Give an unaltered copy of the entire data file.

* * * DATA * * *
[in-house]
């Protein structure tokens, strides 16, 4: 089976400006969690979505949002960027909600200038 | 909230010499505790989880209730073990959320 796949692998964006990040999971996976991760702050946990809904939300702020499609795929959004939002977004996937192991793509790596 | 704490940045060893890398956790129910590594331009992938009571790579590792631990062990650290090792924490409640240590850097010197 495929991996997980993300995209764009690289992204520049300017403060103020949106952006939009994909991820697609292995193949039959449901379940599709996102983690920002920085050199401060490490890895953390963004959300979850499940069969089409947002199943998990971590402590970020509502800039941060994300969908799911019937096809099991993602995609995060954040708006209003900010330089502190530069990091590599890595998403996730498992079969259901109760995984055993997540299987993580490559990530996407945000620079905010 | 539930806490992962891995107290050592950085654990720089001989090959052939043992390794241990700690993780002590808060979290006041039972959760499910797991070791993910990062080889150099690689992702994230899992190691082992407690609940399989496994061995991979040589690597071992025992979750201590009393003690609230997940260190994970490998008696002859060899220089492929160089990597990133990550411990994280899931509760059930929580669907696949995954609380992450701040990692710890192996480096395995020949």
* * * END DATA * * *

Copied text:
[in-house]
């Protein structure tokens, strides 16, 4: 089976400006969690979505949002960027909600200038 | 909230010499505790989880209730073990959320 796949692998964006990040999971996976991760702050946990809904939300702020499609795929959004939002977004996937192991793509790596 | 704490940045060893890398956790129910590594331009992938009571790579590792631990062990650290090792924490409640240590850097010197 495929991996997980993300995209764009690289992204520049300017403060103020949106952006939009994909991820697609292995193949039959449901379940599709996102983690920002920085050199401060490490890895953390963004959300979850499940069969089409947002199943998990971590402590970020509502800039941060994300969908799911019937096809099991993602995609995060954040708006209003900010330089502190530069990091590599890595998403996730498992079969259901109760995984055993997540299987993580490559990530996407945000620079905010 | 539930806490992962891995107290050592950085654990720089001989090959052939043992390794241990700690993780002590808060979290006041039972959760499910797991070791993910990062080889150099690689992702994230899992190691082992407690609940399989496994061995991979040589690597071992025992979750201590009393003690609230997940260190994970490998008696002859060899220089492929160089990597990133990550411990994280899931509760059930929580669907696949995954609380992450701040990692710890192996480096395995020949």